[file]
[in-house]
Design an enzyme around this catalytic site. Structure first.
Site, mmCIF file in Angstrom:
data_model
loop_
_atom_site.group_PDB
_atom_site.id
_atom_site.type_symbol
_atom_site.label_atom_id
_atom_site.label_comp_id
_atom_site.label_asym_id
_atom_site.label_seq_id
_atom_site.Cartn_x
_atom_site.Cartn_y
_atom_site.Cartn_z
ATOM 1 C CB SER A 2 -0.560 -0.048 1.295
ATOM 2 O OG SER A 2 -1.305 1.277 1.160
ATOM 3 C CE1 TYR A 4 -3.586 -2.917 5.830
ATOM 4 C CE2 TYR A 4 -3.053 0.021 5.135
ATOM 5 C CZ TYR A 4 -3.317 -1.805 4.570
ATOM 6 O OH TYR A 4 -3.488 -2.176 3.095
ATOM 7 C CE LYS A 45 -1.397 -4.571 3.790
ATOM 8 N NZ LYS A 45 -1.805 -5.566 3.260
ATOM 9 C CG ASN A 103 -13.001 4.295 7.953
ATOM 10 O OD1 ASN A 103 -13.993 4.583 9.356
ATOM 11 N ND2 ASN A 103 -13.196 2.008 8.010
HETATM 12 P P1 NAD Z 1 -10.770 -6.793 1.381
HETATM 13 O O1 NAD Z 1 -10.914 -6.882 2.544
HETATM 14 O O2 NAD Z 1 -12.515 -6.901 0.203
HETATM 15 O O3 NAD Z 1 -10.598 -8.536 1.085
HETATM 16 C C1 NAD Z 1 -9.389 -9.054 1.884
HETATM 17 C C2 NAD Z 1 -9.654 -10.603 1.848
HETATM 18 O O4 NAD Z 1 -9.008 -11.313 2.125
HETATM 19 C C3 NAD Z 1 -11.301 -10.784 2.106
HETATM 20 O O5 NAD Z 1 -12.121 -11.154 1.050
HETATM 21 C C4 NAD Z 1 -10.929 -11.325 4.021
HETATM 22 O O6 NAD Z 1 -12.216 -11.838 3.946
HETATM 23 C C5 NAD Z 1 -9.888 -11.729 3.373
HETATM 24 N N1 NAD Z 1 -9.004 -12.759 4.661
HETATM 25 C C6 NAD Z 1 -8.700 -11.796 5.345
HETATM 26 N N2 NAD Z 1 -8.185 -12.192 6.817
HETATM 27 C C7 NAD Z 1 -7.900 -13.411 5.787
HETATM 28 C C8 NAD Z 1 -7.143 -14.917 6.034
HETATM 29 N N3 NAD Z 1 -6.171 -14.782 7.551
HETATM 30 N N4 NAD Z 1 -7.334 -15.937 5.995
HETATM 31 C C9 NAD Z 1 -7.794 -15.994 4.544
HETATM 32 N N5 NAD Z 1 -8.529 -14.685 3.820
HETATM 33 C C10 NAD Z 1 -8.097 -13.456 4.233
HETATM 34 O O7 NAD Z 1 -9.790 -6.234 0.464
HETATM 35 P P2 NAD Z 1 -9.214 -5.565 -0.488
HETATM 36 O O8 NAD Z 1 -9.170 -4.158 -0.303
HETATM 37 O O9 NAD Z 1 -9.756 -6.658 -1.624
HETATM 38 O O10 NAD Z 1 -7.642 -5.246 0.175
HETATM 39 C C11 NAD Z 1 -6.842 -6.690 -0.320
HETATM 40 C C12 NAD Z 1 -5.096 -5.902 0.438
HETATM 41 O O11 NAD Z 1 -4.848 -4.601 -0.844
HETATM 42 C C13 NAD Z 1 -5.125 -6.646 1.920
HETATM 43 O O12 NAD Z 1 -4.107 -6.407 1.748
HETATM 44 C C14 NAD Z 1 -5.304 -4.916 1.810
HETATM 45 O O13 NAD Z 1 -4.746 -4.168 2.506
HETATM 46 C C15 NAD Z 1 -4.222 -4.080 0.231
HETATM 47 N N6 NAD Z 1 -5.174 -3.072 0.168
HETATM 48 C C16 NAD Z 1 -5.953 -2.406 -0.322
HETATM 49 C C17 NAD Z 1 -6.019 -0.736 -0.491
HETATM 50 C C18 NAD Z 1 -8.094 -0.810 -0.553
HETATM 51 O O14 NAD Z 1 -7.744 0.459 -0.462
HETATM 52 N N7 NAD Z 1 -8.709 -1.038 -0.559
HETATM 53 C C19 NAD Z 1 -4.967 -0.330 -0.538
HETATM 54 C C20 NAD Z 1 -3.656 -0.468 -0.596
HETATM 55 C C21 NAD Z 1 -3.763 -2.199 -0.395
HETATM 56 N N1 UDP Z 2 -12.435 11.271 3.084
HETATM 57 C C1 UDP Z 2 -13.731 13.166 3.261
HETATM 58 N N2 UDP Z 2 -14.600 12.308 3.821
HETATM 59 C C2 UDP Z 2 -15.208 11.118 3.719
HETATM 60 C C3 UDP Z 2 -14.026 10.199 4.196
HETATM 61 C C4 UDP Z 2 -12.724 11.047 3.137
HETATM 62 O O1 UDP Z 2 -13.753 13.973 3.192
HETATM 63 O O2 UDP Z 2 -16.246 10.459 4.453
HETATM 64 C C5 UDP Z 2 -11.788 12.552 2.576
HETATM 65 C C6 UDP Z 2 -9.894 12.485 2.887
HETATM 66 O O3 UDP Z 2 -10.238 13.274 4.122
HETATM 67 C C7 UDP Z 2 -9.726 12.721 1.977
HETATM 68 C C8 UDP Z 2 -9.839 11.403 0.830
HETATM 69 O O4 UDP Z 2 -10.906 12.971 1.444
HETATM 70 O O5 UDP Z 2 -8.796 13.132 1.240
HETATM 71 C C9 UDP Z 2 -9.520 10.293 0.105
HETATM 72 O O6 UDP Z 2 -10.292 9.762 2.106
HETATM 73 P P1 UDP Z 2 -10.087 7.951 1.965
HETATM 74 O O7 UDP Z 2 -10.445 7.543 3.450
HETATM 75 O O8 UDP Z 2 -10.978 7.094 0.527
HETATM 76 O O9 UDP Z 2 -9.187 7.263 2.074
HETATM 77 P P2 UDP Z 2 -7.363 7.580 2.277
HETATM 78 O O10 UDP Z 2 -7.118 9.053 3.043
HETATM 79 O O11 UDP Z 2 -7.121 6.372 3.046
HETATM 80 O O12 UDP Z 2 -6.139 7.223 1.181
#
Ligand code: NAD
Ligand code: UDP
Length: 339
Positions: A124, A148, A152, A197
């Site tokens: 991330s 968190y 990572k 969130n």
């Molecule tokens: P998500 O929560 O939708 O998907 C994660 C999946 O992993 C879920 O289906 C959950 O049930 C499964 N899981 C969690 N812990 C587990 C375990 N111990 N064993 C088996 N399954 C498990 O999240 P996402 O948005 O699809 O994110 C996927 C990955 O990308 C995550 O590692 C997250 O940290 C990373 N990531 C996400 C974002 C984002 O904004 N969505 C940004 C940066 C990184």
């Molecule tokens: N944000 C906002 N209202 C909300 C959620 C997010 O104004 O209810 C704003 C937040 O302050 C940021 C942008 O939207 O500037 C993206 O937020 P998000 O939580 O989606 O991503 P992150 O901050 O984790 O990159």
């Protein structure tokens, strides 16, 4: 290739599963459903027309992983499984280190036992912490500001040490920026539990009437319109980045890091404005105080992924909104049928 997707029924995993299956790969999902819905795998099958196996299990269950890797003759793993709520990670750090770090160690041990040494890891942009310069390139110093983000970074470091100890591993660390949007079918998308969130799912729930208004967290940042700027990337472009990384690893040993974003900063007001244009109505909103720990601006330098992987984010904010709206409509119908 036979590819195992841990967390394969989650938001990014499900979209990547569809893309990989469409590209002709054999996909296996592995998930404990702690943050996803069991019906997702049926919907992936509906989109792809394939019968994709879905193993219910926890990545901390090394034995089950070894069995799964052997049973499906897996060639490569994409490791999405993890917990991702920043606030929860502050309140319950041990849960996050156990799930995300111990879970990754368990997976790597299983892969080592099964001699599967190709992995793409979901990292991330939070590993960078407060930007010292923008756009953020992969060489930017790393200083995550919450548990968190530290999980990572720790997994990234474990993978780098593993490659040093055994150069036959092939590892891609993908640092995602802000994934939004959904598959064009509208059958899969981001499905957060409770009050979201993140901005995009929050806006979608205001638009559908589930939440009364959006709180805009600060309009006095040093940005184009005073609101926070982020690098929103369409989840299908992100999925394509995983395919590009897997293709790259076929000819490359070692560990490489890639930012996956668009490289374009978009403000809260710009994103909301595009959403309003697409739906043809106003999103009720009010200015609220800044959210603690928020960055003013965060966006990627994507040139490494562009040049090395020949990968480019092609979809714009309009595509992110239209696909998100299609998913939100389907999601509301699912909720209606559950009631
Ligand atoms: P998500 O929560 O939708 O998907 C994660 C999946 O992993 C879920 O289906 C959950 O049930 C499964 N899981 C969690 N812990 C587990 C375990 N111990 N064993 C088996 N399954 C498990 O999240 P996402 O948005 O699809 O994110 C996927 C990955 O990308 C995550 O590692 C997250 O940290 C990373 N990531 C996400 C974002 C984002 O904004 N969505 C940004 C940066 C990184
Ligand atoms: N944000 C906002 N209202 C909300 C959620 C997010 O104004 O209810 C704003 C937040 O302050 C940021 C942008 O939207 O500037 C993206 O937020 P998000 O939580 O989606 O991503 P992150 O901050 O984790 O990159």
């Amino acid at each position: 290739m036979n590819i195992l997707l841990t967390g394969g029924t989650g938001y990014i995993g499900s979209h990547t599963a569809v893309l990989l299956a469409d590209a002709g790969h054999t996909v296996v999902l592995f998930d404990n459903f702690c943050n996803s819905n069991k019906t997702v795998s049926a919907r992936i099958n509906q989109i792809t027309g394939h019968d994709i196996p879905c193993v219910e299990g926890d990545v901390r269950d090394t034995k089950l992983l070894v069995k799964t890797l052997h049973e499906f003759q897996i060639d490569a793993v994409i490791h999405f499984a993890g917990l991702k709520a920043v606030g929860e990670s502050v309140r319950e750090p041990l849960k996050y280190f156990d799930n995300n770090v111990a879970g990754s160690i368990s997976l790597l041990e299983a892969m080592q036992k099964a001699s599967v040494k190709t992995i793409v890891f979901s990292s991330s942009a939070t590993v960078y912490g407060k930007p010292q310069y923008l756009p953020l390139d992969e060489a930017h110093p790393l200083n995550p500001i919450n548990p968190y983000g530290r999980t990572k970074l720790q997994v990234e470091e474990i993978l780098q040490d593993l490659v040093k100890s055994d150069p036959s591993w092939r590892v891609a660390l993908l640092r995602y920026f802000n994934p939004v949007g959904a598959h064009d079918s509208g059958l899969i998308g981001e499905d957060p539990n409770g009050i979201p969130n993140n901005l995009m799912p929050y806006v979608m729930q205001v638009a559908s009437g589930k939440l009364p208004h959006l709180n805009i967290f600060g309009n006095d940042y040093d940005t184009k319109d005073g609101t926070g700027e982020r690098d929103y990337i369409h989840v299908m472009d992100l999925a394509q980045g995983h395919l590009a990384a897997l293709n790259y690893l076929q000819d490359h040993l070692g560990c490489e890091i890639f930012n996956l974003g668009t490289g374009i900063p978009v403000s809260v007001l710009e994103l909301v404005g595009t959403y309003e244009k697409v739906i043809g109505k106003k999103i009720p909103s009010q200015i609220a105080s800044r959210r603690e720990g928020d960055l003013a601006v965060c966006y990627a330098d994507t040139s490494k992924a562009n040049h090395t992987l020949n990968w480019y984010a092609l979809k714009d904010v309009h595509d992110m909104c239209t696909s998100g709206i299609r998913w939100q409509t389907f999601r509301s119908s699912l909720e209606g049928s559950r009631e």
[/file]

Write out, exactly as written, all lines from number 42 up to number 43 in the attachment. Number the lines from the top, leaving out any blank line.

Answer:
HETATM 27 C C7 NAD Z 1 -7.900 -13.411 5.787
HETATM 28 C C8 NAD Z 1 -7.143 -14.917 6.034